The Author Who Foresaw The Internet & The PC
It is an undisputable fact that during the last two centuries; some science fiction authors have written about events and technological gadgets years before they became a reality.
Perhaps the most notable prophetic writer in this group is the French author Jules Verne. In his 1865 novel, “From the Earth to the Moon,” Verne pens a story about the United States launching a manned spaceship named “Columbiad” from a base in Florida. He states that the moon bound spacecraft is mostly made from aluminum and it weighs nearly ten tons. The author goes on to give details about the men becoming weightless during the journey and he describes some of the physical effects it has on their bodies. In the novel, the men land and walk on the moon. The spaceship returns to earth and splashes down in the Pacific Ocean where the men are picked up by a U.S. Navy vessel. The eerie accuracy of the ocean recovery by the U.S. Navy and the concept of weightlessness in space are simply haunting.
That story, written over one hundred and fifty years ago, sends chills up and down my spine. Today history tells us the name of the command module for the Apollo 11 moon landing was “Columbia” and it did launch from Florida. The aluminum composition of both spaceships were spot-on correct. And, the weight of both crafts were fairly accurate. Those and other similarities to America’s 1969 Apollo 11 moon landing are uncanny. However, Jules Verne’s “Moon” novel is just one example of the hundreds of science fiction stories written over the years that eventually proved to be accurate predictions of future events and inventions.
But, what about the Internet and the personal computer? Is there an author who lived in a bygone era who possessed the precognitive gift to write about them?
Some say Mark Twain was the first author to foresee the Internet. And I say, “That’s simply not true.”
The odd title of Mark Twain’s story that some people claim to show his Internet prediction is; “From the London Times in 1904.”
It’s a neat little story that illustrates Mark Twain’s interest in science and technology. And, let’s not forget that Mark Twain was friends with both Thomas Edison and Nikola Tesla. However, it would be a giant leap to say Mark Twain’s story predicts the Internet. Actually, the invention described in the story is similar to a wire connected video-phone. And, although telephones were not in every home when the story was written, they were in use by most businesses. As for Mark Twain connecting a telephone to a video screen, I can understand how that notion could be considered a small step towards the future manifestation of the Internet. But, in no conceivable way would a rational person consider the wired video-phone a prediction of today’s Internet.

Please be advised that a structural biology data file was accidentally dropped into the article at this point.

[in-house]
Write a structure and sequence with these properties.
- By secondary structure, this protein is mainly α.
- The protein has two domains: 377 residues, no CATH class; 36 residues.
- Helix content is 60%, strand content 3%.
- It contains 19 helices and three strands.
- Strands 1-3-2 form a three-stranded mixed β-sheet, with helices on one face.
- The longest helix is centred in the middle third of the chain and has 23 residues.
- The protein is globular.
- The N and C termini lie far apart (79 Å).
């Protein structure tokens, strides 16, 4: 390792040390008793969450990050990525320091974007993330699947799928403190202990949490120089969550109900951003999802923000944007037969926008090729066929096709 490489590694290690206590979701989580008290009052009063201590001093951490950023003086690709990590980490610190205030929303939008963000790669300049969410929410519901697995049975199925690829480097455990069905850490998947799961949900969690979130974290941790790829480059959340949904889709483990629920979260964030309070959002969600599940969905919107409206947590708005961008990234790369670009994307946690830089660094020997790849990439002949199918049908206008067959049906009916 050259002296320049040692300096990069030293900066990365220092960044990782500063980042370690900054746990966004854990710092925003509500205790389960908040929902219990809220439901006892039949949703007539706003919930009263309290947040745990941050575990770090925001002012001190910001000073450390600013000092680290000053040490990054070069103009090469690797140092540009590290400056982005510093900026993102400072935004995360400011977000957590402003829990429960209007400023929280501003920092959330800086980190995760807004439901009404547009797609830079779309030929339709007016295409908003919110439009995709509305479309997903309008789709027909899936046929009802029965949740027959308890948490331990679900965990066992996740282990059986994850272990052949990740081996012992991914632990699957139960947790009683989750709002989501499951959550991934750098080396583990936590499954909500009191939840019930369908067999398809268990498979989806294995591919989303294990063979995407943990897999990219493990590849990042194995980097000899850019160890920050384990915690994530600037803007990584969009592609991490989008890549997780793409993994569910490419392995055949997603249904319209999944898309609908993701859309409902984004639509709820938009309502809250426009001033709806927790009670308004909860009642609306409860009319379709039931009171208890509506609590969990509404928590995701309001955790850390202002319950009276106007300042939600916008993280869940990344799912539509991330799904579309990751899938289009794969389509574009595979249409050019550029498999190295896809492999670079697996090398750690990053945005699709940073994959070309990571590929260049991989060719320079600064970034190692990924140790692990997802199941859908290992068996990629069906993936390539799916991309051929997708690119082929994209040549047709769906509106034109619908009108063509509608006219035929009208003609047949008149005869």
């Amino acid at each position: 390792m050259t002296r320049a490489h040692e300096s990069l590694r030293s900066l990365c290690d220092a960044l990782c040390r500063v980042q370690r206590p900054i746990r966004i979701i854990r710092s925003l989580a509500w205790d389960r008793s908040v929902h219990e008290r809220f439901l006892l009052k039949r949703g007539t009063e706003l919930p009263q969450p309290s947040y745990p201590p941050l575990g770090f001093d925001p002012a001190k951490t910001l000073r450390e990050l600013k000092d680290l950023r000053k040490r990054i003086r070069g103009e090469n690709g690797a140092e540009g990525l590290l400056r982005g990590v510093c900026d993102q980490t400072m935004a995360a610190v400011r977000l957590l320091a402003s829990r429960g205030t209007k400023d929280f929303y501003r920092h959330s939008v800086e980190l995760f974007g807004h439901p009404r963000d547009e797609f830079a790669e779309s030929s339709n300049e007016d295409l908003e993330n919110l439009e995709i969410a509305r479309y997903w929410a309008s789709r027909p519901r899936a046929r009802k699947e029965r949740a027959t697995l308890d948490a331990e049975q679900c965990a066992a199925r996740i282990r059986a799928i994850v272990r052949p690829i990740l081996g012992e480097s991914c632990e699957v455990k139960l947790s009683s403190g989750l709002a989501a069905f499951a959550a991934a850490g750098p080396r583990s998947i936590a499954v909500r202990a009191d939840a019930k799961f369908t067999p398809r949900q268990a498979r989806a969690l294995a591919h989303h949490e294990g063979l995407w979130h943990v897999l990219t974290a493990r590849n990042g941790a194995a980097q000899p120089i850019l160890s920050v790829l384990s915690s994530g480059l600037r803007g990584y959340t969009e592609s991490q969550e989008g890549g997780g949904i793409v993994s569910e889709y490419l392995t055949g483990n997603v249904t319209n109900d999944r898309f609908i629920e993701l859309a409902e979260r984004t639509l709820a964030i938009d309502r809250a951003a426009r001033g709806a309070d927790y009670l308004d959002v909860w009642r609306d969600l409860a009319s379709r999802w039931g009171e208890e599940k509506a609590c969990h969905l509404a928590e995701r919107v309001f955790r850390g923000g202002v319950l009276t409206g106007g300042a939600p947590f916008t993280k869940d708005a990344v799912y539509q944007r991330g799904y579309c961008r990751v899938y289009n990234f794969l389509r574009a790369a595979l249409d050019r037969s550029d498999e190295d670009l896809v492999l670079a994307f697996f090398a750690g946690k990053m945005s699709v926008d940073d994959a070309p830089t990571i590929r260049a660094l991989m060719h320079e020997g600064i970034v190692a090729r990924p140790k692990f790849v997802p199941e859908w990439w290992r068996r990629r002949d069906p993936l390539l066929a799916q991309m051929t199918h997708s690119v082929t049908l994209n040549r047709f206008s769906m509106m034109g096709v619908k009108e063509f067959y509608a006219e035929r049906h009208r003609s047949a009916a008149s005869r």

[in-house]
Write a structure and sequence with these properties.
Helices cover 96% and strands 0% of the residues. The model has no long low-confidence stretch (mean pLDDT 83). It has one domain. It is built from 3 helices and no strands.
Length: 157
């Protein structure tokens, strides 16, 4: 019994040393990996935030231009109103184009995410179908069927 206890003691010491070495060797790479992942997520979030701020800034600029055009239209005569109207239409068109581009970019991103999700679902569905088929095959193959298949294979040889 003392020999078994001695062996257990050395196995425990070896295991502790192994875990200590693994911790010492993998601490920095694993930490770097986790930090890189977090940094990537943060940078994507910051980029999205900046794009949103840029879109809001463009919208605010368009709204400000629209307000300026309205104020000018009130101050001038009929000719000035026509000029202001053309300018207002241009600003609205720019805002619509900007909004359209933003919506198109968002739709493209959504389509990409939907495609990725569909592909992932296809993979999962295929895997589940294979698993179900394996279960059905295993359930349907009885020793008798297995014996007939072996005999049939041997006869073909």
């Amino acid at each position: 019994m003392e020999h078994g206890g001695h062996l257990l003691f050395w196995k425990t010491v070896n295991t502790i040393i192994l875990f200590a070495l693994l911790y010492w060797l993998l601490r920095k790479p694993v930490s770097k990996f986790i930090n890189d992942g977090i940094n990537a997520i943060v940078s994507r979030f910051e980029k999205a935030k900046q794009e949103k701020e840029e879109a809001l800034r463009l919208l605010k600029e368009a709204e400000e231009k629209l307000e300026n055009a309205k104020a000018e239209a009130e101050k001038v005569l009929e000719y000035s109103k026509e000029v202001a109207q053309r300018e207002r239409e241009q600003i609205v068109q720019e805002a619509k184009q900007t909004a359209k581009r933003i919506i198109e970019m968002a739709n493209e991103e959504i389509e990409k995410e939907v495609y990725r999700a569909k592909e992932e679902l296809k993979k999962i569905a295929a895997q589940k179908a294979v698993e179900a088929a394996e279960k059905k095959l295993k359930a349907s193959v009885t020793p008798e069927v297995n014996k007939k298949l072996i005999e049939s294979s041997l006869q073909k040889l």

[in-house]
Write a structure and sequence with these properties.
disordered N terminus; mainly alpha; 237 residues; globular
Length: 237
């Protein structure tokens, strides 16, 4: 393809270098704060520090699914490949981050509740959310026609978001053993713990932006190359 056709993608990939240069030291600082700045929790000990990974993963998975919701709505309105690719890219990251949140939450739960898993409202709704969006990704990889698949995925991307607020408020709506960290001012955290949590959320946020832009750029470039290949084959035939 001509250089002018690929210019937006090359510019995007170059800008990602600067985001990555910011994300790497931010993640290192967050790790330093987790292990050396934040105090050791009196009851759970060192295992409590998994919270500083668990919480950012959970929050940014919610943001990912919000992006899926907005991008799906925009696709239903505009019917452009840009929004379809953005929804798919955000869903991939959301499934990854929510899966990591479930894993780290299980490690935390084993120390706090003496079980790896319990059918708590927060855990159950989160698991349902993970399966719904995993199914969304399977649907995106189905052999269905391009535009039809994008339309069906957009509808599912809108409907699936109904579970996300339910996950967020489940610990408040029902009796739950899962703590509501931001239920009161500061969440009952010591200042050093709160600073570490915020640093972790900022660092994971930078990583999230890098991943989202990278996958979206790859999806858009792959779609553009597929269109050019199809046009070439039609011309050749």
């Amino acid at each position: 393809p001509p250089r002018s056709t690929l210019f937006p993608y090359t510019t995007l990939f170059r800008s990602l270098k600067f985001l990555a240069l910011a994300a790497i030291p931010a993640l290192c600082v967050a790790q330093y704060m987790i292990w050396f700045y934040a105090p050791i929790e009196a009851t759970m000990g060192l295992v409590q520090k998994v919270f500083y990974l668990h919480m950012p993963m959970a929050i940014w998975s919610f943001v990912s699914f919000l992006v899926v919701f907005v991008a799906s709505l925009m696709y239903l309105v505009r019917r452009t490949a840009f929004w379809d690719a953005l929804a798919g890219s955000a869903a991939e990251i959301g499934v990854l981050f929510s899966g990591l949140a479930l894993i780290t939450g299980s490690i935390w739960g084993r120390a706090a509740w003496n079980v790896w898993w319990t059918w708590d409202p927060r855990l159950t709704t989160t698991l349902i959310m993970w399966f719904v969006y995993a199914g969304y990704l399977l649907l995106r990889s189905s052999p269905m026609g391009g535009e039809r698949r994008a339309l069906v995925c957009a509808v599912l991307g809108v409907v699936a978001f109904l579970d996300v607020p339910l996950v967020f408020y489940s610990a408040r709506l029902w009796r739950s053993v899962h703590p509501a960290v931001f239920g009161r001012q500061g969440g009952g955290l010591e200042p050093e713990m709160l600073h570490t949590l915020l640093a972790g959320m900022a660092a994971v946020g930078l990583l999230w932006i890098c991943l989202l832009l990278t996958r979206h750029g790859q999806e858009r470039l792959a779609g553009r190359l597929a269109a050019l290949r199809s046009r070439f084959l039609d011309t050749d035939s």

However, in 1946 the prolific science fiction author, William Fitzgerald Jenkins did write a compelling story that predicted the Internet and personal computer. Using the pseudonym Murray Leinster, he wrote a short story titled, “A Logic Named Joe.”
Leinster’s story is an extremely clear example of an author’s ability to accurately envision and write about future technological innovations and inventions.
In his story, virtually all homes and businesses have personal computers which the author calls “Logics.” The “Logic” is operated and programmed by using a keyboard and it has a “vision screen.” Leinster’s description of the “Logic” is very similar to the personal computers that we use today.
Unfortunately, I found the plot and Leinster’s style of writing quite boring and a bit seedy. The grammar and dialogue used in the story are reminiscent of the Private-Eye stories that were popular in the mid 1940’s. Nevertheless, the technological innovations that the author infused into the story are amazing. And, although scientists and engineers were working on computers in the 1940’s, they were the size of houses. Plus, the vacuum tubes used in the computers generated an enormous amount of heat. They were constantly breaking down and the engineers of the day had to cool down the huge computers with refrigerants and industrial fans.
Leinster’s astonishing story, which can easily be found on today’s Internet, foretells the use of private Internet addresses, search engines, on screen service help, auto-censorship of adult content for children, on screen flash announcements, censorship of criminally slanted searches, real time stock quotes, weather reports, viewing of television shows, computer viruses, software uploads, coin operated Internet access in restaurants and other public places, automatic software updates and much more.
Murray Leinster’s accurate foretelling of the Internet and the personal computer is a powerful example of how the creative imagination of a writer can improve existing technology and plant the seeds for new discoveries.